Morpeth residents with links to Nepal have put together a charity event to raise funds and awareness following the devastating earthquake in the country.
The benefit gig tomorrow evening is being hosted by Danusha – a social enterprise that sells jewellery made by a group of women whose lives have been affected by leprosy. Its directors have received updates via Facebook about what is happening.
Sue and Mike Lavender of Morpeth spent eight years in Nepal from 1984. They worked for a mission organisation based in a leprosy hospital – Mr Lavender is a doctor – followed by a Save the Children Fund community programme.
The Danusha jewellery story began in 2007 when the couple returned to the country, which is landlocked and located in South Asia, to work with Nepal Leprosy Trust.
Mrs Lavender helped rehabilitate patients by finding skills-training and education programmes. One project involved training in jewellery-making for women who were being treated at Lalgadh Hospital, the world’s largest leprosy-treatment centre.
They returned to the UK in 2009, but kept in touch with the project and within a year Danusha was born. It then progressed to become a social enterprise and there are two groups making the items – one in the capital city of Kathmandu and the other in the south-east of the country.
The jewellery is sold in shops and markets in Nepal and the UK.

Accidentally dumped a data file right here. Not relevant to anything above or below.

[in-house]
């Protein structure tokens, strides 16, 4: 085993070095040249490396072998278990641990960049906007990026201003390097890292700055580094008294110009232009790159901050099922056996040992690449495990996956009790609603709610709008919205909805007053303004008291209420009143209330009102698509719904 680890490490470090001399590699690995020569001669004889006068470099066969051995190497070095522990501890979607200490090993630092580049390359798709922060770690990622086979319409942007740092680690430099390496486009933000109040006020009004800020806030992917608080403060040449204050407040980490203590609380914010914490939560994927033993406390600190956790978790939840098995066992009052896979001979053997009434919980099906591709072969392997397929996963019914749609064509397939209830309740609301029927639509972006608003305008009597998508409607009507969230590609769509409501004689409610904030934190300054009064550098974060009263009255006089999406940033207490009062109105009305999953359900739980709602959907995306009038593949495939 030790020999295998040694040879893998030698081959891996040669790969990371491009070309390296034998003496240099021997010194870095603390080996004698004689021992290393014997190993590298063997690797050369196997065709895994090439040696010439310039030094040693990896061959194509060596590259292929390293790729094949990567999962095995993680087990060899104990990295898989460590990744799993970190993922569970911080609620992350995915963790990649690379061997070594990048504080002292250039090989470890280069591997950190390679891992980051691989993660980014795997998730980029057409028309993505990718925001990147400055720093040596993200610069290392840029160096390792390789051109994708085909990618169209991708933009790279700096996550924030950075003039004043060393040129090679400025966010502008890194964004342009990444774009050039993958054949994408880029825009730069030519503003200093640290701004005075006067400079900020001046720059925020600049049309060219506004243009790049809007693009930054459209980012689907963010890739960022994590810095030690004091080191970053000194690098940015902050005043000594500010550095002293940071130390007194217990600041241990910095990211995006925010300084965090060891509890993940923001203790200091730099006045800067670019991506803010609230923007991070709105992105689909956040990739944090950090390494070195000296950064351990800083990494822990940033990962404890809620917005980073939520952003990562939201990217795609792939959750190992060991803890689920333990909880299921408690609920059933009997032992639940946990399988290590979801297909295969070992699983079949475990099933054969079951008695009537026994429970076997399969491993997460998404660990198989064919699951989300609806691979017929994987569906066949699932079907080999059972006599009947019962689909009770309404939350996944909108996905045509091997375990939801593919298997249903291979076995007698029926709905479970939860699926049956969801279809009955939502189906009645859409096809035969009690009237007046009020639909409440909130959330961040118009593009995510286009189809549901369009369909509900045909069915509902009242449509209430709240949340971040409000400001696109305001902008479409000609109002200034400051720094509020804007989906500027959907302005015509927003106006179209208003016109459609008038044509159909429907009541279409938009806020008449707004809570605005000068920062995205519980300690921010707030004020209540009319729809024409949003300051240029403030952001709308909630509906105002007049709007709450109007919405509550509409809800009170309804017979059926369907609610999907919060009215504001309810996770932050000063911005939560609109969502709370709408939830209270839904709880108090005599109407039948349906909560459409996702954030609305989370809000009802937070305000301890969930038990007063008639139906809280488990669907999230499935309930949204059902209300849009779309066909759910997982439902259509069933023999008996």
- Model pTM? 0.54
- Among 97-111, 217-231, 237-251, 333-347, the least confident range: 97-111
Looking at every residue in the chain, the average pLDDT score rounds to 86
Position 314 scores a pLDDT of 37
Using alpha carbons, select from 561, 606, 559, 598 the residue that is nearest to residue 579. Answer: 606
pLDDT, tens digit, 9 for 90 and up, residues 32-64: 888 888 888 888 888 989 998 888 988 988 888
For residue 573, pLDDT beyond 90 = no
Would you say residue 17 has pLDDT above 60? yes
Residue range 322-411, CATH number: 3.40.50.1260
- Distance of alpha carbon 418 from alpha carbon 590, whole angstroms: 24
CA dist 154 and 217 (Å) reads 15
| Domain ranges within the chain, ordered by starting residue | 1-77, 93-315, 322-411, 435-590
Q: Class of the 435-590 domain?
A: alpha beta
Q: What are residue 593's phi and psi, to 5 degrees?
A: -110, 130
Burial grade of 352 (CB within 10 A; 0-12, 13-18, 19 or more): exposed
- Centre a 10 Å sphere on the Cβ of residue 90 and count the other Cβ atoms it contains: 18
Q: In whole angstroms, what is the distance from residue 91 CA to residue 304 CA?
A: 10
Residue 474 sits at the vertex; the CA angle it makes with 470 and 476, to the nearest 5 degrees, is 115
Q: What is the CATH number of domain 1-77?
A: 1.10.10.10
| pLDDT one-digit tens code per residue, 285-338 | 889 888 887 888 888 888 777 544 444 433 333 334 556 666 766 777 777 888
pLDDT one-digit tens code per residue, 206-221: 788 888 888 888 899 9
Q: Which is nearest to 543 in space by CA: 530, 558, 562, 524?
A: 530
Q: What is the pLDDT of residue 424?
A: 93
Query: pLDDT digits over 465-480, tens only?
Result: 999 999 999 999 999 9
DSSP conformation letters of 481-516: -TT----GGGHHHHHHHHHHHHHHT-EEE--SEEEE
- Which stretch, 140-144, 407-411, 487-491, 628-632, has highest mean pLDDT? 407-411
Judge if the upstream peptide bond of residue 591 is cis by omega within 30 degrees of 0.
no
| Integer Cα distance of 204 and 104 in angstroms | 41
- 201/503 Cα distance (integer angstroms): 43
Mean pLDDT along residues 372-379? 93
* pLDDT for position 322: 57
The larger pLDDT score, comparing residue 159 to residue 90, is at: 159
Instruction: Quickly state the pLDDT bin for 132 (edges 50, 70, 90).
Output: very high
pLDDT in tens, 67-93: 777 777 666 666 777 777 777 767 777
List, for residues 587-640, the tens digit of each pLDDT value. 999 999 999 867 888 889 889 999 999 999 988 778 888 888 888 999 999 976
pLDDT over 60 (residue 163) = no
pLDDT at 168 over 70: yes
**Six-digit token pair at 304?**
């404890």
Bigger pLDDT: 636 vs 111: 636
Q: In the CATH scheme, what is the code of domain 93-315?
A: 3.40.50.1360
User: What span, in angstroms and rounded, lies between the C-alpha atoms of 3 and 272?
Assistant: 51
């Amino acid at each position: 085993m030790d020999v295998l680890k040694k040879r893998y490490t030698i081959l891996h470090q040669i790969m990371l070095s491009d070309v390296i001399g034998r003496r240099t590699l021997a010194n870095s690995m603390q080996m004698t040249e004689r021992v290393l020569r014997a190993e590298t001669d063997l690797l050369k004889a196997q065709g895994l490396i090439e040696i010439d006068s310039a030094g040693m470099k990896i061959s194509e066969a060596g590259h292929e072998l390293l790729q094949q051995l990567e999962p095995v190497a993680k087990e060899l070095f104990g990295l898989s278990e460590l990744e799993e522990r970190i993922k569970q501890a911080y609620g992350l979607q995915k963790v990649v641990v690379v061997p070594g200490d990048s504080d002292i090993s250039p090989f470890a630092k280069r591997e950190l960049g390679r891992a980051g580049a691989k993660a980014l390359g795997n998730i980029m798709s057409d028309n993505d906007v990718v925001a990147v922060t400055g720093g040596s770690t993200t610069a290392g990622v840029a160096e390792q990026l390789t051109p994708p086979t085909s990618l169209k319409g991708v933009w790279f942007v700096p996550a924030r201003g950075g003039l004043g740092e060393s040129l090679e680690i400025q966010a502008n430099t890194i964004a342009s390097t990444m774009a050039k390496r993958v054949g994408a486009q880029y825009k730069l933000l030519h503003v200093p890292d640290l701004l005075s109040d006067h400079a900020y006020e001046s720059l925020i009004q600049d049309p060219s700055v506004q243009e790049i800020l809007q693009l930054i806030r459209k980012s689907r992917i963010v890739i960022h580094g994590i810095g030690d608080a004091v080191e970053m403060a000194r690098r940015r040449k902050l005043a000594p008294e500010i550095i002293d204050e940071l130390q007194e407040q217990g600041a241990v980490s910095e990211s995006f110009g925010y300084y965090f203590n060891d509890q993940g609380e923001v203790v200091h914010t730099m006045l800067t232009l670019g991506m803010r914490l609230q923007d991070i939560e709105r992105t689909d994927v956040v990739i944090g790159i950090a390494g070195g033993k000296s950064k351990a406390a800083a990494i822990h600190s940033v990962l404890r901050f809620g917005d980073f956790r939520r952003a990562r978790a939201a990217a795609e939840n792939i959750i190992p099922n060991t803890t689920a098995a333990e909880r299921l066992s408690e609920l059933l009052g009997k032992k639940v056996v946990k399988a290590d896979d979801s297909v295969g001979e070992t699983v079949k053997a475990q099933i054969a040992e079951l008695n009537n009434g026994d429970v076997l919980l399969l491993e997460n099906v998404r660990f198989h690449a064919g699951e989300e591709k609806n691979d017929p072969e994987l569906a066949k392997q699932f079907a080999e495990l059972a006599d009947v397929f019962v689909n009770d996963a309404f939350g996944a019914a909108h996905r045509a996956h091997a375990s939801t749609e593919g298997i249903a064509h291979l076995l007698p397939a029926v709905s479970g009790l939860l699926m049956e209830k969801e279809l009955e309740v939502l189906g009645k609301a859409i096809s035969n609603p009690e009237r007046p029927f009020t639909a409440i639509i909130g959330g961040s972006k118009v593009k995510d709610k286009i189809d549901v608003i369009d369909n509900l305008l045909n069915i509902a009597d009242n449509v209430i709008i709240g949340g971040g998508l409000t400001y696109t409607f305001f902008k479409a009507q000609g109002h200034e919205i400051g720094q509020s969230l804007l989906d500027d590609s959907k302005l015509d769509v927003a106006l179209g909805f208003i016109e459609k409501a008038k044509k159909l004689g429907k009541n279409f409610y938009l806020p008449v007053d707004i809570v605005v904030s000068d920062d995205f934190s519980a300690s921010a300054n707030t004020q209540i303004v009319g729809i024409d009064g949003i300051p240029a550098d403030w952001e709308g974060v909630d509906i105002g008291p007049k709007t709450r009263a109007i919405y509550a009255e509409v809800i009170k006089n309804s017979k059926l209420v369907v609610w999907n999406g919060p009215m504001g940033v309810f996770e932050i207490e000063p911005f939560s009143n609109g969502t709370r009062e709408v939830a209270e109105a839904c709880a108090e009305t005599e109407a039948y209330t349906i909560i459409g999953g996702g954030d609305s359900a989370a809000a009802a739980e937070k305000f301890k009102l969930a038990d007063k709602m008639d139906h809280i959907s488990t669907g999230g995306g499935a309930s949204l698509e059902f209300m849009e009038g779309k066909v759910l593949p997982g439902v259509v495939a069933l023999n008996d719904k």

Mr and Mrs Lavender are particularly close to one of the ladies who has benefited from the programme, Suryakala Shah, and her young adult daughters Elishiva and Esther.
The 7.8-magnitude earthquake happened on April 25 and it has affected dozens of villages, towns and cities, including Kathmandu. It has killed more than 7,500 people and injured more than 14,500.
Mrs Lavender said: “We (the directors) have gone out to Nepal a few times since Danusha became a social enterprise and we have got to know many of the women.
“I think of Suryakala and her daughters as part of the family and I tried to get in touch with them once I heard about the earthquake to check that they were alright.
“We were relieved when they contacted us and said the other girls in the team were okay, but given the devastation, we wanted to hold an event to help the emergency response. I’ve had conversations with Elishiva and Esther on Facebook and there are many people in Kathmandu sleeping outside, while drinking water is costing three times more than usual.”
The benefit gig will take place in the Berkeley Tavern’s function room (Berkeley Suite) in Whitley Bay from 7pm.
Organiser Allison Davies has got a range of performers, including The Horse Loom (Steven Malley), Chris Foley and Pippa Little, to take part and there will be films from Beacon Hill Arts. An auction, a bar and a snack buffet will also be available.
For more information, visit www.facebook.com/events/1578209815801018